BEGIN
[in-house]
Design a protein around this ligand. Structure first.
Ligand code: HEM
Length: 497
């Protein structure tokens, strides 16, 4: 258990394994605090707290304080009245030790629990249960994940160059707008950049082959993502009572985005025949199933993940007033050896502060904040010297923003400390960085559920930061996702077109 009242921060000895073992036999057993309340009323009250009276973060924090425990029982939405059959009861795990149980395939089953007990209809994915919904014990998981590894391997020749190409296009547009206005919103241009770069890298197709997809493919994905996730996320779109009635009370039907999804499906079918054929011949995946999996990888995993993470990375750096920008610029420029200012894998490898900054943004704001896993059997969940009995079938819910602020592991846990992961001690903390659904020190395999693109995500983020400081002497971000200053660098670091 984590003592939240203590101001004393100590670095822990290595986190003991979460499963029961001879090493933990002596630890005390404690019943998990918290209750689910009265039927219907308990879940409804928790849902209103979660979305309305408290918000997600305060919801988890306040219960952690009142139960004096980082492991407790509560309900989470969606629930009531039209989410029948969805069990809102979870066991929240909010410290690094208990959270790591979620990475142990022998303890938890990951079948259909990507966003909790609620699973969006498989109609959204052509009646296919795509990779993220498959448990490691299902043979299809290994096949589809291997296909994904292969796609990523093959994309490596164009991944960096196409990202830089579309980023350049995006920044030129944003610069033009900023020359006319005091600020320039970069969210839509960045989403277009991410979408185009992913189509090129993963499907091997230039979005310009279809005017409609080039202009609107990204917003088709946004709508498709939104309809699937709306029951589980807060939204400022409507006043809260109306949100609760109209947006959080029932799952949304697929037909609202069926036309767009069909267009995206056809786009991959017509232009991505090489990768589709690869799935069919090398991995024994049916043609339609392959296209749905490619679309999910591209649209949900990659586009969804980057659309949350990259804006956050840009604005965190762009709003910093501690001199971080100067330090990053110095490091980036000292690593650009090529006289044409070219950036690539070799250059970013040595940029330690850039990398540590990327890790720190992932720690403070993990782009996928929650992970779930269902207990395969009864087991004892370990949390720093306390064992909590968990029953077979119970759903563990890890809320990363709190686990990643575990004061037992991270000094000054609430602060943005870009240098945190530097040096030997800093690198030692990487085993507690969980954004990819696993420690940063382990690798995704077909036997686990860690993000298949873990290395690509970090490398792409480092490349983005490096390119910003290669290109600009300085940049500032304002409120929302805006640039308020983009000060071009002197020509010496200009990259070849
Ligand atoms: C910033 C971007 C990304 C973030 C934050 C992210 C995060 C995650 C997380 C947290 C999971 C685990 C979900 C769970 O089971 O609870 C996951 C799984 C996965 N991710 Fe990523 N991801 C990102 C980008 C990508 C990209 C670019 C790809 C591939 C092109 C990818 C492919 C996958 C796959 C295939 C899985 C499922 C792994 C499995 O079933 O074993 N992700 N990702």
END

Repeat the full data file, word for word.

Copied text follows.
[in-house]
Design a protein around this ligand. Structure first.
Ligand code: HEM
Length: 497
């Protein structure tokens, strides 16, 4: 258990394994605090707290304080009245030790629990249960994940160059707008950049082959993502009572985005025949199933993940007033050896502060904040010297923003400390960085559920930061996702077109 009242921060000895073992036999057993309340009323009250009276973060924090425990029982939405059959009861795990149980395939089953007990209809994915919904014990998981590894391997020749190409296009547009206005919103241009770069890298197709997809493919994905996730996320779109009635009370039907999804499906079918054929011949995946999996990888995993993470990375750096920008610029420029200012894998490898900054943004704001896993059997969940009995079938819910602020592991846990992961001690903390659904020190395999693109995500983020400081002497971000200053660098670091 984590003592939240203590101001004393100590670095822990290595986190003991979460499963029961001879090493933990002596630890005390404690019943998990918290209750689910009265039927219907308990879940409804928790849902209103979660979305309305408290918000997600305060919801988890306040219960952690009142139960004096980082492991407790509560309900989470969606629930009531039209989410029948969805069990809102979870066991929240909010410290690094208990959270790591979620990475142990022998303890938890990951079948259909990507966003909790609620699973969006498989109609959204052509009646296919795509990779993220498959448990490691299902043979299809290994096949589809291997296909994904292969796609990523093959994309490596164009991944960096196409990202830089579309980023350049995006920044030129944003610069033009900023020359006319005091600020320039970069969210839509960045989403277009991410979408185009992913189509090129993963499907091997230039979005310009279809005017409609080039202009609107990204917003088709946004709508498709939104309809699937709306029951589980807060939204400022409507006043809260109306949100609760109209947006959080029932799952949304697929037909609202069926036309767009069909267009995206056809786009991959017509232009991505090489990768589709690869799935069919090398991995024994049916043609339609392959296209749905490619679309999910591209649209949900990659586009969804980057659309949350990259804006956050840009604005965190762009709003910093501690001199971080100067330090990053110095490091980036000292690593650009090529006289044409070219950036690539070799250059970013040595940029330690850039990398540590990327890790720190992932720690403070993990782009996928929650992970779930269902207990395969009864087991004892370990949390720093306390064992909590968990029953077979119970759903563990890890809320990363709190686990990643575990004061037992991270000094000054609430602060943005870009240098945190530097040096030997800093690198030692990487085993507690969980954004990819696993420690940063382990690798995704077909036997686990860690993000298949873990290395690509970090490398792409480092490349983005490096390119910003290669290109600009300085940049500032304002409120929302805006640039308020983009000060071009002197020509010496200009990259070849
Ligand atoms: C910033 C971007 C990304 C973030 C934050 C992210 C995060 C995650 C997380 C947290 C999971 C685990 C979900 C769970 O089971 O609870 C996951 C799984 C996965 N991710 Fe990523 N991801 C990102 C980008 C990508 C990209 C670019 C790809 C591939 C092109 C990818 C492919 C996958 C796959 C295939 C899985 C499922 C792994 C499995 O079933 O074993 N992700 N990702």